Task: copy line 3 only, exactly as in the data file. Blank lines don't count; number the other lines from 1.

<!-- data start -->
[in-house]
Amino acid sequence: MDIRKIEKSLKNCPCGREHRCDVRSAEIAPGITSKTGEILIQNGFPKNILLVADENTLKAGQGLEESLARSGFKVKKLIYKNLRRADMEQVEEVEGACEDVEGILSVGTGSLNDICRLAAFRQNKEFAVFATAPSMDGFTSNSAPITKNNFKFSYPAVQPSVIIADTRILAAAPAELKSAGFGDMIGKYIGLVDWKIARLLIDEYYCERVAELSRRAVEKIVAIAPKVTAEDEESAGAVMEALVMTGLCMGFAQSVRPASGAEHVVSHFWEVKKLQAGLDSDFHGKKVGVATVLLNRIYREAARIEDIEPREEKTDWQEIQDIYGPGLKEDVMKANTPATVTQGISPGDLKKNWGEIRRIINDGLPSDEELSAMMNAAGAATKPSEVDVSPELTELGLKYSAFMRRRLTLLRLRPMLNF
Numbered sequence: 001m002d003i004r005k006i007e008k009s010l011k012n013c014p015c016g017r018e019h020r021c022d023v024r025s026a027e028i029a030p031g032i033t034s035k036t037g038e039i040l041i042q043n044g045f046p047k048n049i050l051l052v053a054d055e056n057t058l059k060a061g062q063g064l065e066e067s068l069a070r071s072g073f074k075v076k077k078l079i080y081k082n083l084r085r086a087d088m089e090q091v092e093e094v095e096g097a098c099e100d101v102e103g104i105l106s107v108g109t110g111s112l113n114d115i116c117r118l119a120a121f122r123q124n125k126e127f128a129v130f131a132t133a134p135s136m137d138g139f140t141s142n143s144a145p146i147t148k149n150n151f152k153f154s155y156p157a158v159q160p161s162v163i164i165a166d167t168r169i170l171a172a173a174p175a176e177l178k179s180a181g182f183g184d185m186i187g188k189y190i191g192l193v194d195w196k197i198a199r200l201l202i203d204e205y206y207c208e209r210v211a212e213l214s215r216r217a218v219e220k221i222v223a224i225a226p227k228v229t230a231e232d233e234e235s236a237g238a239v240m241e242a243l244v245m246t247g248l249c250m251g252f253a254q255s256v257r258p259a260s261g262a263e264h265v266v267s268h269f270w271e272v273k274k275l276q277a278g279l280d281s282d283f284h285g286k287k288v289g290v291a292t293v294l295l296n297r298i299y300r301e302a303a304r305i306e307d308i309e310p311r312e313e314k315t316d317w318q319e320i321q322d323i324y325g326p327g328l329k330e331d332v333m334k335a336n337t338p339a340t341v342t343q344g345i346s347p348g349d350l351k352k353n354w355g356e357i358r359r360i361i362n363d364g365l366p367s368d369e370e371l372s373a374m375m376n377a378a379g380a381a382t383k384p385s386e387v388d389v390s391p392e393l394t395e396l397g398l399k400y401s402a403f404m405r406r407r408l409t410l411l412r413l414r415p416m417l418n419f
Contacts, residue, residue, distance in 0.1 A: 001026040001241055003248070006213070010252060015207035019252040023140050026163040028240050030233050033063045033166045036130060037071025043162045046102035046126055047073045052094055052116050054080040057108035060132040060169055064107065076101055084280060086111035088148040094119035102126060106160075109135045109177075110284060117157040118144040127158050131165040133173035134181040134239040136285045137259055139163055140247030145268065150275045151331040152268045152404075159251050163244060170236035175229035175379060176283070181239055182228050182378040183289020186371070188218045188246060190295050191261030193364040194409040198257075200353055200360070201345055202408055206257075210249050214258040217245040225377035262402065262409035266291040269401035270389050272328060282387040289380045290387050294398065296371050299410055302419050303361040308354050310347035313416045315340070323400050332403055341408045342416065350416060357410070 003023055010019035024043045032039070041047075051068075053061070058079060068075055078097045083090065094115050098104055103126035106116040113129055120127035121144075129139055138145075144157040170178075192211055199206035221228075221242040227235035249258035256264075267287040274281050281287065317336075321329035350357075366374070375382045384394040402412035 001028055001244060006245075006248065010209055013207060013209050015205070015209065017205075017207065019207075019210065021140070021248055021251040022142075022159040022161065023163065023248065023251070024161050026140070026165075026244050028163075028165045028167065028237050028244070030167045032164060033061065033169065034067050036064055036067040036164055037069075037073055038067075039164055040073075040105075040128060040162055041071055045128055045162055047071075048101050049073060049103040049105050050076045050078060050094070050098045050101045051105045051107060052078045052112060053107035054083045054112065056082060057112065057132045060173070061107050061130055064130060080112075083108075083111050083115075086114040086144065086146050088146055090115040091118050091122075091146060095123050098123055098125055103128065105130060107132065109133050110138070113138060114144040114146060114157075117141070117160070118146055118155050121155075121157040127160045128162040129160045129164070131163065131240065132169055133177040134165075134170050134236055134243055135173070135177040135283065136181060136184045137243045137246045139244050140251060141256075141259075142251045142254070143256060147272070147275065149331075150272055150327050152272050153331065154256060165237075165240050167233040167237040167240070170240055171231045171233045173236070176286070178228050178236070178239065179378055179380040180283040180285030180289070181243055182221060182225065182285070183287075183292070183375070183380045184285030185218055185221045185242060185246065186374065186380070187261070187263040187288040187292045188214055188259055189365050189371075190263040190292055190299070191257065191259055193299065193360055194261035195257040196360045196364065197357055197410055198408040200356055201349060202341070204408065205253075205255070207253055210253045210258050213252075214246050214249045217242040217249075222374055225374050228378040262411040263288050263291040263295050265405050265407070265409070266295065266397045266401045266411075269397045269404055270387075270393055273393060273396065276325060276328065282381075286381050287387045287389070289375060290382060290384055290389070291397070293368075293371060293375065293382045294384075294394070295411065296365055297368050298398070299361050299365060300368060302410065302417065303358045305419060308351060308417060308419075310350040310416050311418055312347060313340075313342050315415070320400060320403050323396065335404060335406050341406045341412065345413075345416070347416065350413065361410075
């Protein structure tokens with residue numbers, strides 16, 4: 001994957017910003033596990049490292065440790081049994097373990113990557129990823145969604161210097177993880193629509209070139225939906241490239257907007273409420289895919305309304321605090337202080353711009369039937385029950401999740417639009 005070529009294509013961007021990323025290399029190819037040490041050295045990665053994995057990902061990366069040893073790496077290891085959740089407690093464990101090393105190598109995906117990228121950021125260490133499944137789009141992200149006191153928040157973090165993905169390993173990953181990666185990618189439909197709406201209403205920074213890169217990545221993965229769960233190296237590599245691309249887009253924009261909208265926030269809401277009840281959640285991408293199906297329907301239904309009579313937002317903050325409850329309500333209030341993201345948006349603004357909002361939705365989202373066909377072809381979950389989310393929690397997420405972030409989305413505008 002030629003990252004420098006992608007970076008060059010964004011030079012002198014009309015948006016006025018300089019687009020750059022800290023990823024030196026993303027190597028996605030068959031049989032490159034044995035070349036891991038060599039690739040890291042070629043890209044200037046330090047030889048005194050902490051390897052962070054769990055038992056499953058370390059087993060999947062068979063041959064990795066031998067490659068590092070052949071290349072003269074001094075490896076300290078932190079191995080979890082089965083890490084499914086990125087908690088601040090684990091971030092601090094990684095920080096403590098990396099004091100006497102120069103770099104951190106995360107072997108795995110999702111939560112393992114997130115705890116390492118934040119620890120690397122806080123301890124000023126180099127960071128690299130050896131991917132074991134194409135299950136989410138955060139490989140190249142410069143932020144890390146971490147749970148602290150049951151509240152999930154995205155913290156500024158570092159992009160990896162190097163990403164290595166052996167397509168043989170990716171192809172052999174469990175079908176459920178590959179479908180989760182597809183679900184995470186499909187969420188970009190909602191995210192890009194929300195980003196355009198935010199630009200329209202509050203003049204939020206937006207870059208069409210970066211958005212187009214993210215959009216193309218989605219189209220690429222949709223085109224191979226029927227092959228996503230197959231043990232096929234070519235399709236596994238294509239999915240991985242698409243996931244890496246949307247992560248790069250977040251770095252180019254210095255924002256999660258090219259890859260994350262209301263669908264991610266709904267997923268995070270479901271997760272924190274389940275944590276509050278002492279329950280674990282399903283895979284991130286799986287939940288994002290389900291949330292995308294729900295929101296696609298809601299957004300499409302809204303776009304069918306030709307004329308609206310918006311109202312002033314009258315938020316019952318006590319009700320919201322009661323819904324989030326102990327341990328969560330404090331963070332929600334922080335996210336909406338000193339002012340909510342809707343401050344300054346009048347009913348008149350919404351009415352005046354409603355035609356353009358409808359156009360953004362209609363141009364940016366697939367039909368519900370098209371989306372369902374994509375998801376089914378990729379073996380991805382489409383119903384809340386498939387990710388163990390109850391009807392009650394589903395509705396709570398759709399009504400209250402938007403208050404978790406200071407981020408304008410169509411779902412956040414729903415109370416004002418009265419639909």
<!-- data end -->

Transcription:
Numbered sequence: 001m002d003i004r005k006i007e008k009s010l011k012n013c014p015c016g017r018e019h020r021c022d023v024r025s026a027e028i029a030p031g032i033t034s035k036t037g038e039i040l041i042q043n044g045f046p047k048n049i050l051l052v053a054d055e056n057t058l059k060a061g062q063g064l065e066e067s068l069a070r071s072g073f074k075v076k077k078l079i080y081k082n083l084r085r086a087d088m089e090q091v092e093e094v095e096g097a098c099e100d101v102e103g104i105l106s107v108g109t110g111s112l113n114d115i116c117r118l119a120a121f122r123q124n125k126e127f128a129v130f131a132t133a134p135s136m137d138g139f140t141s142n143s144a145p146i147t148k149n150n151f152k153f154s155y156p157a158v159q160p161s162v163i164i165a166d167t168r169i170l171a172a173a174p175a176e177l178k179s180a181g182f183g184d185m186i187g188k189y190i191g192l193v194d195w196k197i198a199r200l201l202i203d204e205y206y207c208e209r210v211a212e213l214s215r216r217a218v219e220k221i222v223a224i225a226p227k228v229t230a231e232d233e234e235s236a237g238a239v240m241e242a243l244v245m246t247g248l249c250m251g252f253a254q255s256v257r258p259a260s261g262a263e264h265v266v267s268h269f270w271e272v273k274k275l276q277a278g279l280d281s282d283f284h285g286k287k288v289g290v291a292t293v294l295l296n297r298i299y300r301e302a303a304r305i306e307d308i309e310p311r312e313e314k315t316d317w318q319e320i321q322d323i324y325g326p327g328l329k330e331d332v333m334k335a336n337t338p339a340t341v342t343q344g345i346s347p348g349d350l351k352k353n354w355g356e357i358r359r360i361i362n363d364g365l366p367s368d369e370e371l372s373a374m375m376n377a378a379g380a381a382t383k384p385s386e387v388d389v390s391p392e393l394t395e396l397g398l399k400y401s402a403f404m405r406r407r408l409t410l411l412r413l414r415p416m417l418n419f